Reflections on stories from (disgruntled) Launchpad users

Hello again :-)

I tweeted something. I'm quite proud of it. It's exactly 140 characters, and it captures the essence of the last few days' worth of articles quite well. Obviously it makes concessions to accuracy for reasons of brevity, but here goes anyway:

It seems to me Github people use Github as a coping mechanism for git, and Launchpad people use Bazaar and a coping mechanism for Launchpad.

That explains virtually all of the feedback and workflow I've received. It seems Github users use git as a tool to get code into Github as quickly as possible, so magic and sprinkles can be added to it. That means the Github people have done an excellent job. It's managed to create an environment where you have awesome features like truly polished pull requests and a great code browser that lets you peek into someone else's repository without you having to worry about adding a remote, fetching objects, removing a remote...

Github tries to minimize your exposure to git -- hub even more so (with hub, clones and pulls look like they do with bzr for me. Huge win.). Even without having to call git's UX bad, that makes (business) sense: the Github people aren't the git people so they want you in their service as much as possible. And man, have they succeeded.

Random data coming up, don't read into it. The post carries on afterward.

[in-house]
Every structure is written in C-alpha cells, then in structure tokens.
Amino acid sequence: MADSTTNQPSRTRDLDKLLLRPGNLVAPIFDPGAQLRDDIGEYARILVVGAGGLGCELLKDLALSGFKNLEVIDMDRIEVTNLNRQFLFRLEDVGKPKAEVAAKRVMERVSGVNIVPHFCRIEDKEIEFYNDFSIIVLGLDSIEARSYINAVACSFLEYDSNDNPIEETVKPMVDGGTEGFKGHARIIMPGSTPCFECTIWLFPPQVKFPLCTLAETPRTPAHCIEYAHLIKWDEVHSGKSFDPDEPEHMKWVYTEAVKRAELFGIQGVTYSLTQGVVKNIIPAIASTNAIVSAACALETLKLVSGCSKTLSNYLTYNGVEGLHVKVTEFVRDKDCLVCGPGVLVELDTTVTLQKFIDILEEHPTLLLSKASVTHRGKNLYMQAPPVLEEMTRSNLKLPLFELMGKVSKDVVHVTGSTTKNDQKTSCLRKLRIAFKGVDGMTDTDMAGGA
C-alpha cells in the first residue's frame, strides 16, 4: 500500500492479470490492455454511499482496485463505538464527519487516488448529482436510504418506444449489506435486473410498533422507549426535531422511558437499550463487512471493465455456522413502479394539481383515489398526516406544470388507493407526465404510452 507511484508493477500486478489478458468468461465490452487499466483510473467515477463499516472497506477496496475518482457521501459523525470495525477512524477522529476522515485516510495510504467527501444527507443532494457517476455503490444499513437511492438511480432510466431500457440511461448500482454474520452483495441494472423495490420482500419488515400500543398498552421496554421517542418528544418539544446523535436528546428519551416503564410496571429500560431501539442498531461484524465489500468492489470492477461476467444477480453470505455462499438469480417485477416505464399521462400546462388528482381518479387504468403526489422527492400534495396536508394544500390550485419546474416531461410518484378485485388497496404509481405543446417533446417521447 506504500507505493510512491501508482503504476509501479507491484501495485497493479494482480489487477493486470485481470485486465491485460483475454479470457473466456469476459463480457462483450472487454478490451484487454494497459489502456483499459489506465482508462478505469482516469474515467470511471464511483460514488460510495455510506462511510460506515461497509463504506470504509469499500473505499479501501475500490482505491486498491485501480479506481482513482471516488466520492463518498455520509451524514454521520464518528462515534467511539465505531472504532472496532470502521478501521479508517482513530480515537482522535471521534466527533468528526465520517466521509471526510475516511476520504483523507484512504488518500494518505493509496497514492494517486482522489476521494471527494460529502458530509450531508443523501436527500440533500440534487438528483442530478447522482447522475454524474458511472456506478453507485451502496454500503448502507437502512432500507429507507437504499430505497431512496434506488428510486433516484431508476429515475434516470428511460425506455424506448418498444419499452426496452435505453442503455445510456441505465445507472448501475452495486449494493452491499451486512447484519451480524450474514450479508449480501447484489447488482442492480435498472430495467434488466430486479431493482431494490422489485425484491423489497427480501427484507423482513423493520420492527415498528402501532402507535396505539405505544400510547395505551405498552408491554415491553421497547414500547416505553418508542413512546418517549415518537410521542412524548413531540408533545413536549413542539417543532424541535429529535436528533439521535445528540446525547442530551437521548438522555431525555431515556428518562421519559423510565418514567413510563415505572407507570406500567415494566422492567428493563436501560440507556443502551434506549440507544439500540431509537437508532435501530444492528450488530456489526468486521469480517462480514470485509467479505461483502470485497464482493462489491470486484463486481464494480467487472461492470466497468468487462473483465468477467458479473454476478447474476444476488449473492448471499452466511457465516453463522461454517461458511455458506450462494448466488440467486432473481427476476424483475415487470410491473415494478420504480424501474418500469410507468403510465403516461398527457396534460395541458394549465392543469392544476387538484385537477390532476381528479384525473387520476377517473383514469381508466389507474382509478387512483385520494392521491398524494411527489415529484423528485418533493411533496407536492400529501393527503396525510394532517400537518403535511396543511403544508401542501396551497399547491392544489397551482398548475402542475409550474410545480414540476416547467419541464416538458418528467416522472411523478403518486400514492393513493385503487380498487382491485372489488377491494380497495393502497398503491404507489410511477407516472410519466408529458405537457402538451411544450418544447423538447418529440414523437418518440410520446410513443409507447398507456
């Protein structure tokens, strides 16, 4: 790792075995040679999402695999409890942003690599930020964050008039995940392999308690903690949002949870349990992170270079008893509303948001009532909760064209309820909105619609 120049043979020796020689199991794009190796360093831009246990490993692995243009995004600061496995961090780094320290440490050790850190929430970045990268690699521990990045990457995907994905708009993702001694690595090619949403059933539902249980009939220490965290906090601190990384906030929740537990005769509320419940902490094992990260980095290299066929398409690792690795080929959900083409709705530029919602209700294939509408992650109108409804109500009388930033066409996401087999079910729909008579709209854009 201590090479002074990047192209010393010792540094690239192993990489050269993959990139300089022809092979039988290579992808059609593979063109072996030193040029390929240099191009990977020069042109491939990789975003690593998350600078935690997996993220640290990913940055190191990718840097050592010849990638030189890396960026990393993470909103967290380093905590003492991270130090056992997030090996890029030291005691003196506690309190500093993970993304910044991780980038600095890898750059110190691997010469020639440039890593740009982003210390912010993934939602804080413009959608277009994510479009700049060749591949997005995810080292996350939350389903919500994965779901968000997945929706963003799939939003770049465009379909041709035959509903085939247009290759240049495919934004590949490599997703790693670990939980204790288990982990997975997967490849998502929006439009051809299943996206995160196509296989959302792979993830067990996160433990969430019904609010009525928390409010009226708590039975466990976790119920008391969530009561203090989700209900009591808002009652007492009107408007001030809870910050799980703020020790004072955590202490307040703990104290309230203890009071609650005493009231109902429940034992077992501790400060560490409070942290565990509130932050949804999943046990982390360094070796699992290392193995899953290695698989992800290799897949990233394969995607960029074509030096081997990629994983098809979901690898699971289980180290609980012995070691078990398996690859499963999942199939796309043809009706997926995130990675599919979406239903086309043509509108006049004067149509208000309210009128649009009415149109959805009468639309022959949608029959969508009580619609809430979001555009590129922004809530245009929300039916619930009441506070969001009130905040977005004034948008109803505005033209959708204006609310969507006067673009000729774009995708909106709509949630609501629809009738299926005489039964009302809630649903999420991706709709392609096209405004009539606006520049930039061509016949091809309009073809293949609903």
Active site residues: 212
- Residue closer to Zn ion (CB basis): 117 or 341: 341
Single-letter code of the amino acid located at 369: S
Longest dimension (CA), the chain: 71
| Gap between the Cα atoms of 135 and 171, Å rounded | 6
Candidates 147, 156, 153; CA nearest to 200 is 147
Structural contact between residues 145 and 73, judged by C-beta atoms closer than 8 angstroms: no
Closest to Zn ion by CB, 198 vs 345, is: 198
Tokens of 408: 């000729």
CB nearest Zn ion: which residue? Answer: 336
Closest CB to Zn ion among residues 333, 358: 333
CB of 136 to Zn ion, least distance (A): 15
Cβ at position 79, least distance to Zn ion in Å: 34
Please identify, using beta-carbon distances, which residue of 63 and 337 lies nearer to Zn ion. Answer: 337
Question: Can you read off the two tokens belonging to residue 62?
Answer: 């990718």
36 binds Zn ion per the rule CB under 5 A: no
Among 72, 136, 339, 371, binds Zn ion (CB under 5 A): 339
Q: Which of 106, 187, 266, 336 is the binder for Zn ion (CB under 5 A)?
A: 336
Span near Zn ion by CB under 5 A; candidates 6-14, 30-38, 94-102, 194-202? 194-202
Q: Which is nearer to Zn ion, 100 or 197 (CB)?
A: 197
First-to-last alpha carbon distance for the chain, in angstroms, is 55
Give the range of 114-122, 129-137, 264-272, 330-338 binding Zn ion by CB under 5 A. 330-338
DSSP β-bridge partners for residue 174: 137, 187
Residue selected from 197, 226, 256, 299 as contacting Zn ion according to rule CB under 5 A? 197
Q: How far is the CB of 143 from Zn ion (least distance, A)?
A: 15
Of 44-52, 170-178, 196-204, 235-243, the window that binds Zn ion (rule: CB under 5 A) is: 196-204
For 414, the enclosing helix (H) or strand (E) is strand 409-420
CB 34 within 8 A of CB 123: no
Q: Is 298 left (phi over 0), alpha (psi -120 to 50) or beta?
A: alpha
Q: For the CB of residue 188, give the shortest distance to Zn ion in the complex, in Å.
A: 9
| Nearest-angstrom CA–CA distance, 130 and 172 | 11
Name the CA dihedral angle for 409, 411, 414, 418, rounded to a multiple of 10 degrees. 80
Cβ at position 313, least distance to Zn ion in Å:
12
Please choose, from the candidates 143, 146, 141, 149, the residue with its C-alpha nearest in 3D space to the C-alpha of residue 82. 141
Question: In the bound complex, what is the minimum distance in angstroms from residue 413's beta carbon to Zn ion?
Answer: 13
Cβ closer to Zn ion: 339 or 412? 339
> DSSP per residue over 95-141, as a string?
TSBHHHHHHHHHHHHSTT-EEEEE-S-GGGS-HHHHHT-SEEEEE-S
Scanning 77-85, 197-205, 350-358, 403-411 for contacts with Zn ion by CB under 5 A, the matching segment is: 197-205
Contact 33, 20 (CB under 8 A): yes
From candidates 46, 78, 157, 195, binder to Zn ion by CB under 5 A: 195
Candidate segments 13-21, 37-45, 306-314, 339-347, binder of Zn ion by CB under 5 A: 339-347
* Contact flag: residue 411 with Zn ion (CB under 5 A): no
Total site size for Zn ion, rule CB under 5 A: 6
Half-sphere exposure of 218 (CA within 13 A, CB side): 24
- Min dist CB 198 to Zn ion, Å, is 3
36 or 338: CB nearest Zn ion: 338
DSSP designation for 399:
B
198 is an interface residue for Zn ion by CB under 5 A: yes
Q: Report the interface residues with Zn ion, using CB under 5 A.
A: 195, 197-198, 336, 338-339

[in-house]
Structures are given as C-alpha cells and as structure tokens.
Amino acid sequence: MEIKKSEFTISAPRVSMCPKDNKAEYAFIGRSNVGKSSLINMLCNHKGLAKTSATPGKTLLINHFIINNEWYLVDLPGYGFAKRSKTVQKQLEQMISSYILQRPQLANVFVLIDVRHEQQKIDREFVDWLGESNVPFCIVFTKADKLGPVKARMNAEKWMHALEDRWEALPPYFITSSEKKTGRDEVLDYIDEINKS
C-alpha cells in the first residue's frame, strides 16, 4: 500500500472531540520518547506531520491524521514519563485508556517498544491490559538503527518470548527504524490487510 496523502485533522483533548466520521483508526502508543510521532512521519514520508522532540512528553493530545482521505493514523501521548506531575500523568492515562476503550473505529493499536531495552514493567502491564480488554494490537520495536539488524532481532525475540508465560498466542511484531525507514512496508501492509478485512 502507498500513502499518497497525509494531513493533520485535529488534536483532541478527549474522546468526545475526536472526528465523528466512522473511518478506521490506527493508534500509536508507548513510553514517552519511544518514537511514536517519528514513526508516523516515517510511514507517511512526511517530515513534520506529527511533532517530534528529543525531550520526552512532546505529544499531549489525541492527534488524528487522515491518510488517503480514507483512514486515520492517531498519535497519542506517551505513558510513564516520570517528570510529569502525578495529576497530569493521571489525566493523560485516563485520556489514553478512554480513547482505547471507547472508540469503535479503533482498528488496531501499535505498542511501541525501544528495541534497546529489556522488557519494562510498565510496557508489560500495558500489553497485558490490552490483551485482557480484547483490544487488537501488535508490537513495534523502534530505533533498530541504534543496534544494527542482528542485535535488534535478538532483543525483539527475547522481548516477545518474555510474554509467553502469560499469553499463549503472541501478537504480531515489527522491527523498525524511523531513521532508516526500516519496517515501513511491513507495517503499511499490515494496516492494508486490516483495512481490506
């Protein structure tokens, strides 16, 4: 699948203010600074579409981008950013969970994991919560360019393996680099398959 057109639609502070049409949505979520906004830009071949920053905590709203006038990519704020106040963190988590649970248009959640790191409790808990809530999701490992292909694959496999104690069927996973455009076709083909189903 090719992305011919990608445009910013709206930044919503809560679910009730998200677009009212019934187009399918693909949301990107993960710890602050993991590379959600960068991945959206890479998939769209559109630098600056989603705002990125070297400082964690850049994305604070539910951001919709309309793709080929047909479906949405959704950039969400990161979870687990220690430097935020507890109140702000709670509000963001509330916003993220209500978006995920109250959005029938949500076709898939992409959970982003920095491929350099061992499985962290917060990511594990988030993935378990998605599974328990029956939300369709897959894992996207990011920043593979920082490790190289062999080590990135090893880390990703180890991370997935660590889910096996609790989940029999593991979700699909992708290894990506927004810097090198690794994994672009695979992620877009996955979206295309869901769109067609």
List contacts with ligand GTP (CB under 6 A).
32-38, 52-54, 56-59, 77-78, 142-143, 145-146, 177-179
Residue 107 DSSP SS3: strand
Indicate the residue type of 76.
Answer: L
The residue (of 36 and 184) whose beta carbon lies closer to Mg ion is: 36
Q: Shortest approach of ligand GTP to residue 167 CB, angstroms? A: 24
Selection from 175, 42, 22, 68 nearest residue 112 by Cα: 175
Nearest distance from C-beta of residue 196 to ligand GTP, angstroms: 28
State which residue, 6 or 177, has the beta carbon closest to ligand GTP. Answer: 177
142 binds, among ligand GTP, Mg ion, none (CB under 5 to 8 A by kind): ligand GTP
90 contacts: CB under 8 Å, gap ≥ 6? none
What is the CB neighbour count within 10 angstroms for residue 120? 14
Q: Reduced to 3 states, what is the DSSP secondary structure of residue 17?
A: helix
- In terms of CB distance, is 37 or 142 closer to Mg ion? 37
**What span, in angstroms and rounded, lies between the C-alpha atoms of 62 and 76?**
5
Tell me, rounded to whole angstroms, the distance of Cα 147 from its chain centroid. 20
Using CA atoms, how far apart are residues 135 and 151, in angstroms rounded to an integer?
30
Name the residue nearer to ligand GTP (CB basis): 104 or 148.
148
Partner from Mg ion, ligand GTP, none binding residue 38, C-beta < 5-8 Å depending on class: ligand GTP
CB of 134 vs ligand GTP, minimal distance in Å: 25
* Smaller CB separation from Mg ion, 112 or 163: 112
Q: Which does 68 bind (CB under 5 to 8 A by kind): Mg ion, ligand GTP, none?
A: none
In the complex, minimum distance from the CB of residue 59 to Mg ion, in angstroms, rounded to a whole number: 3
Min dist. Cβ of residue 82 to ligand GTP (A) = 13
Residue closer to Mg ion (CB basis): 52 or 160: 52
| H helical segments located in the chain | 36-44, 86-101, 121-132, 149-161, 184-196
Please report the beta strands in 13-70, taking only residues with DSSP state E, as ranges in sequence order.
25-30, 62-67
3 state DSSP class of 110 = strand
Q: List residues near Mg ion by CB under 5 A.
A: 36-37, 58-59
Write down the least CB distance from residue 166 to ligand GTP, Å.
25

On the other side of that argument, there's Launchpad and Bazaar. Most of the discussions about Launchpad's UI warts (and, keeping in mind my last article, some of them are just a question of catering to a different audience but some of them really are simply faults) go something like this:
unhappy user: Hey lvh, take a look at $BOGUS_UI_CHOICE. Come on, you have to admit, that just sucks.
lvh: Huh. You're right -- that is pretty bad. I just never noticed because I use $BZR_INVOCATION to get to that information.

Case in point: merge proposals. Apparently they had an in-page diff. I had no idea.

Github users use Github to do things. Launchpad users use Launchpad as branch storage + metadata (bug tracker, merge proposals, primarily) so they can convince bzr to do things. When Github users go to Launchpad, perhaps without truly trying to use it, they see the prospect of using something like Github but worse. When Launchpad users go to Github, they see the prospect of getting to use git for everything instead of bzr. (And, let's be honest -- if you're diffing between remotes all day, Github is more pleasant than plain git, and bzr is too.)